Both Elder P and Elder W became good friends of mine throughout the rest of the mission, although that was unusual. Most of the elders assigned to “check on” the sisters didn’t go to these lengths to make friends, although I did notice that districts on less populous islands (8 missionaries or fewer) were always closer knit. One evening after working in the hot sun, my legs had swollen so much that they were coming out over the sides of my shoes. I think it was some sort of sunburn related swelling. I had my feet propped up with ice bags on my ankles, and I was complaining that my legs looked like elephant trunks. I’ve never had that happen before or since, but Elder W began calling me “my little elephant ankles” as a joke, said the way W.C. Fields would say “My little Chickadee.” Of all my assignments, Lanzarote was probably the most optimal in terms of collegial relationships with other missionaries and branch members, and although we didn’t baptize anyone, I felt involved in the work.
I discovered during my first month that being embarrassed was an inevitable part of missionary work, whether it was a bluntly labelled box from home, showing my knickers off to a street of strangers, scaring people by crying in their kitchen, or having a temporary hideous deformity. I decided that the best way to deal with personal mortification was to point it out and retell the stories to my fellow missionaries so they could enjoy the joke at my expense, too. It’s a strategy that hasn’t failed me yet.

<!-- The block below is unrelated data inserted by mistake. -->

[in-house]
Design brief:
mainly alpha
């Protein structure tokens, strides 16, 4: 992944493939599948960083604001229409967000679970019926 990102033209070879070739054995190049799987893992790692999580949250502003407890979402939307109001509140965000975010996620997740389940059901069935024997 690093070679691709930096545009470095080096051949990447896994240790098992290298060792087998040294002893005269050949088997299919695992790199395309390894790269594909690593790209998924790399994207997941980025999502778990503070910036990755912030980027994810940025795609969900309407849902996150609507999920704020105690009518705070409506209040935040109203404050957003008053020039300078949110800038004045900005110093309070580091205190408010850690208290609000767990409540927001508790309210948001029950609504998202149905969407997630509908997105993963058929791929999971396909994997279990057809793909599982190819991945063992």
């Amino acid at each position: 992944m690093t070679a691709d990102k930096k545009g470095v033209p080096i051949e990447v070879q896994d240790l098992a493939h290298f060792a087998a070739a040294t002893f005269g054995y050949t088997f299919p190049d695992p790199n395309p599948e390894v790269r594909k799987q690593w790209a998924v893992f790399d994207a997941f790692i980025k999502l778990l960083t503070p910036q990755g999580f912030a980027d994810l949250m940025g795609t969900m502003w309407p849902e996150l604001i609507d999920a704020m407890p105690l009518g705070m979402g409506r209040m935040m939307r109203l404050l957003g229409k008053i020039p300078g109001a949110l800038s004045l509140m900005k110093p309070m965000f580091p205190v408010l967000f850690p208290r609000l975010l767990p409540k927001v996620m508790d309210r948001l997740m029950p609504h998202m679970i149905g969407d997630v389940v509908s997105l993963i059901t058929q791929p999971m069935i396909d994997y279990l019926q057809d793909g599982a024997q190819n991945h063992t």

- How long did it take you to understand what was going on as a missionary?
- How was your relationship with your trainer and the other missionaries when you started? Did you make lasting friends in your first area with other missionaries or members?
- What moments of mortification did you experience in your first month?
 when she kindly suggested I not lose my marbles during teaching appointments in future, or that’s at least what I think she meant to say. It was good advice.
 Our mission was operating under the advice of Alvin Dyer’s Challenging & Testifying Missionary, so church attendance before baptism was not required. If someone felt the spirit, you challenged them to be baptized, and away you went. Somewhere in my subconscious I remembered that my parents had been on the year-long 52 lessons plan when they joined the church, and while that seemed really too long, I had a few misgivings about the speed to the font in the Dyer program. Still, missionaries are good at compartmentalizing, and I figured that everything beyond baptism just wasn’t our job. Once I had baptized, I didn’t see it that way.